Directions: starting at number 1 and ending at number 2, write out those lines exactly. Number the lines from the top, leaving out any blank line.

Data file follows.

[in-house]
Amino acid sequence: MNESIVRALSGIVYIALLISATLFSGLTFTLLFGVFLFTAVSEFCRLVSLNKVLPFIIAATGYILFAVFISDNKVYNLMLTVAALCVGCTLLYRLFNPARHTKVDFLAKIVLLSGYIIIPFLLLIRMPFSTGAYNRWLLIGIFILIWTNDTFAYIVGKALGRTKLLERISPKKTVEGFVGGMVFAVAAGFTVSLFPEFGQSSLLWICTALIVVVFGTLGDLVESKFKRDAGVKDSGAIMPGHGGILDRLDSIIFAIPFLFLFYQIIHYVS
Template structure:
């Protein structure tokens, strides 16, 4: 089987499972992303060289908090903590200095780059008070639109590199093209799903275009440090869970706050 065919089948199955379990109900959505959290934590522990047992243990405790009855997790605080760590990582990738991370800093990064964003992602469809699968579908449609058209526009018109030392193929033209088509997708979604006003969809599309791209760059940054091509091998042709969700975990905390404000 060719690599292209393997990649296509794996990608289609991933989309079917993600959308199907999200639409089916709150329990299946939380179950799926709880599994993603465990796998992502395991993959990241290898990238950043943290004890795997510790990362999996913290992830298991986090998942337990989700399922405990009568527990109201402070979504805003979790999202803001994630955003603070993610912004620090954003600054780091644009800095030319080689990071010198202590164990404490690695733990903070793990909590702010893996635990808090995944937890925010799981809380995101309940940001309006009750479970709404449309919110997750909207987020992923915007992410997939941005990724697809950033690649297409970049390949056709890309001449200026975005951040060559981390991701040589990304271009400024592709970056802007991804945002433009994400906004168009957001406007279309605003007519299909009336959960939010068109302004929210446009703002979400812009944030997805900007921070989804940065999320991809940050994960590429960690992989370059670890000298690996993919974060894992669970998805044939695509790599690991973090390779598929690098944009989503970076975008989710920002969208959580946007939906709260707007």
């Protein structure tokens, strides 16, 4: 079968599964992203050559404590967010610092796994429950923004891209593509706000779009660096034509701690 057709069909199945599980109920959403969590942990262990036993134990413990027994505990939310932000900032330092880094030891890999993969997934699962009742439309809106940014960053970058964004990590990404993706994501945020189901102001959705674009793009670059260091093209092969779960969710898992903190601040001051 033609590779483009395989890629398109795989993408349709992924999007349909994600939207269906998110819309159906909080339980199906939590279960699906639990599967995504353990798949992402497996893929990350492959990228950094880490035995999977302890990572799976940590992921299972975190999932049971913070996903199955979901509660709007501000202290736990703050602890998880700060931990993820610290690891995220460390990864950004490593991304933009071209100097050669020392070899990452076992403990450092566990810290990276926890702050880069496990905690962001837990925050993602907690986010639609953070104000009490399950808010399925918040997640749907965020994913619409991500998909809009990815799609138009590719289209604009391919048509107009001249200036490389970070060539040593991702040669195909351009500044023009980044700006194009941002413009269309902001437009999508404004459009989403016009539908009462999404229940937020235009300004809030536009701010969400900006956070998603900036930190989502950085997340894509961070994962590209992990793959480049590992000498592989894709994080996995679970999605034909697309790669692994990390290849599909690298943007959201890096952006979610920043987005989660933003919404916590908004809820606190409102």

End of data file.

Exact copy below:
[in-house]
Amino acid sequence: MNESIVRALSGIVYIALLISATLFSGLTFTLLFGVFLFTAVSEFCRLVSLNKVLPFIIAATGYILFAVFISDNKVYNLMLTVAALCVGCTLLYRLFNPARHTKVDFLAKIVLLSGYIIIPFLLLIRMPFSTGAYNRWLLIGIFILIWTNDTFAYIVGKALGRTKLLERISPKKTVEGFVGGMVFAVAAGFTVSLFPEFGQSSLLWICTALIVVVFGTLGDLVESKFKRDAGVKDSGAIMPGHGGILDRLDSIIFAIPFLFLFYQIIHYVS